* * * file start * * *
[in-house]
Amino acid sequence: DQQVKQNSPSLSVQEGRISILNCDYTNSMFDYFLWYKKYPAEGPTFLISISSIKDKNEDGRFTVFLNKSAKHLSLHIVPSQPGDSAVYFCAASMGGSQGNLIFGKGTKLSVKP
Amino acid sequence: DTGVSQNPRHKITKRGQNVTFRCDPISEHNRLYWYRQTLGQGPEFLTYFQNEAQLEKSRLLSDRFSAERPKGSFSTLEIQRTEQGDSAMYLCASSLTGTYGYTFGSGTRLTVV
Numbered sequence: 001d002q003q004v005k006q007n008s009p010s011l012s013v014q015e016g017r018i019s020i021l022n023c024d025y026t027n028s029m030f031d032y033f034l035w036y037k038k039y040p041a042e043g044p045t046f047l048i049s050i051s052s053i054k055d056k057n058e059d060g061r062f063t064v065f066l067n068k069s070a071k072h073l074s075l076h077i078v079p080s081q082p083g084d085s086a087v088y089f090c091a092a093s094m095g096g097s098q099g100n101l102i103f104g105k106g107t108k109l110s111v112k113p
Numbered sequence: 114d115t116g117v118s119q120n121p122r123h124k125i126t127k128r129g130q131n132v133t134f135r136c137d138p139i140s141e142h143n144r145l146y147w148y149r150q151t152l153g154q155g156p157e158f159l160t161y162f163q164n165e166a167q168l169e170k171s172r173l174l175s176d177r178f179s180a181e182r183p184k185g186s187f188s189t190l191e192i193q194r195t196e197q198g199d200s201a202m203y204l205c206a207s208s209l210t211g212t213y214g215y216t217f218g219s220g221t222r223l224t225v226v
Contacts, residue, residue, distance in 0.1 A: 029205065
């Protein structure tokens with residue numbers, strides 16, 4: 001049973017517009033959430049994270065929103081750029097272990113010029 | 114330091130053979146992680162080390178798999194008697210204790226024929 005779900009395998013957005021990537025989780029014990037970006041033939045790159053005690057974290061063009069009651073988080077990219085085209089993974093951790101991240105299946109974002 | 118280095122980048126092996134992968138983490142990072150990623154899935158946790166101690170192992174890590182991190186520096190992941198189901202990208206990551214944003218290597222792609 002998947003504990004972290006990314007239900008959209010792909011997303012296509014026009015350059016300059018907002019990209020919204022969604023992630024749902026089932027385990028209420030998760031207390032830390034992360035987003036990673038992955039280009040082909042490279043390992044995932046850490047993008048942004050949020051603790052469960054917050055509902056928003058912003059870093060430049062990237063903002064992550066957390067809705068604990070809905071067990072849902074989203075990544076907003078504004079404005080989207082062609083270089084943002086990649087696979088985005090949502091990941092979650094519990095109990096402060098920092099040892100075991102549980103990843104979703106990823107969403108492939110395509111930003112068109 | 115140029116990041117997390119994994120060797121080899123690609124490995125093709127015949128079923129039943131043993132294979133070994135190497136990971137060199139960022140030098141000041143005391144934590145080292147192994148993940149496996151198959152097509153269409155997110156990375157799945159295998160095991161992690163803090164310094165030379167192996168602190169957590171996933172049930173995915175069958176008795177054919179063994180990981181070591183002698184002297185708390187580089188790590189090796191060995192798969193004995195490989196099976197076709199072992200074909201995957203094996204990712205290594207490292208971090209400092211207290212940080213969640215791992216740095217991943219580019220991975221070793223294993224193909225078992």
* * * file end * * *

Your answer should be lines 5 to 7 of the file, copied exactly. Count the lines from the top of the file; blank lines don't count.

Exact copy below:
Numbered sequence: 114d115t116g117v118s119q120n121p122r123h124k125i126t127k128r129g130q131n132v133t134f135r136c137d138p139i140s141e142h143n144r145l146y147w148y149r150q151t152l153g154q155g156p157e158f159l160t161y162f163q164n165e166a167q168l169e170k171s172r173l174l175s176d177r178f179s180a181e182r183p184k185g186s187f188s189t190l191e192i193q194r195t196e197q198g199d200s201a202m203y204l205c206a207s208s209l210t211g212t213y214g215y216t217f218g219s220g221t222r223l224t225v226v
Contacts, residue, residue, distance in 0.1 A: 029205065
């Protein structure tokens with residue numbers, strides 16, 4: 001049973017517009033959430049994270065929103081750029097272990113010029 | 114330091130053979146992680162080390178798999194008697210204790226024929 005779900009395998013957005021990537025989780029014990037970006041033939045790159053005690057974290061063009069009651073988080077990219085085209089993974093951790101991240105299946109974002 | 118280095122980048126092996134992968138983490142990072150990623154899935158946790166101690170192992174890590182991190186520096190992941198189901202990208206990551214944003218290597222792609 002998947003504990004972290006990314007239900008959209010792909011997303012296509014026009015350059016300059018907002019990209020919204022969604023992630024749902026089932027385990028209420030998760031207390032830390034992360035987003036990673038992955039280009040082909042490279043390992044995932046850490047993008048942004050949020051603790052469960054917050055509902056928003058912003059870093060430049062990237063903002064992550066957390067809705068604990070809905071067990072849902074989203075990544076907003078504004079404005080989207082062609083270089084943002086990649087696979088985005090949502091990941092979650094519990095109990096402060098920092099040892100075991102549980103990843104979703106990823107969403108492939110395509111930003112068109 | 115140029116990041117997390119994994120060797121080899123690609124490995125093709127015949128079923129039943131043993132294979133070994135190497136990971137060199139960022140030098141000041143005391144934590145080292147192994148993940149496996151198959152097509153269409155997110156990375157799945159295998160095991161992690163803090164310094165030379167192996168602190169957590171996933172049930173995915175069958176008795177054919179063994180990981181070591183002698184002297185708390187580089188790590189090796191060995192798969193004995195490989196099976197076709199072992200074909201995957203094996204990712205290594207490292208971090209400092211207290212940080213969640215791992216740095217991943219580019220991975221070793223294993224193909225078992």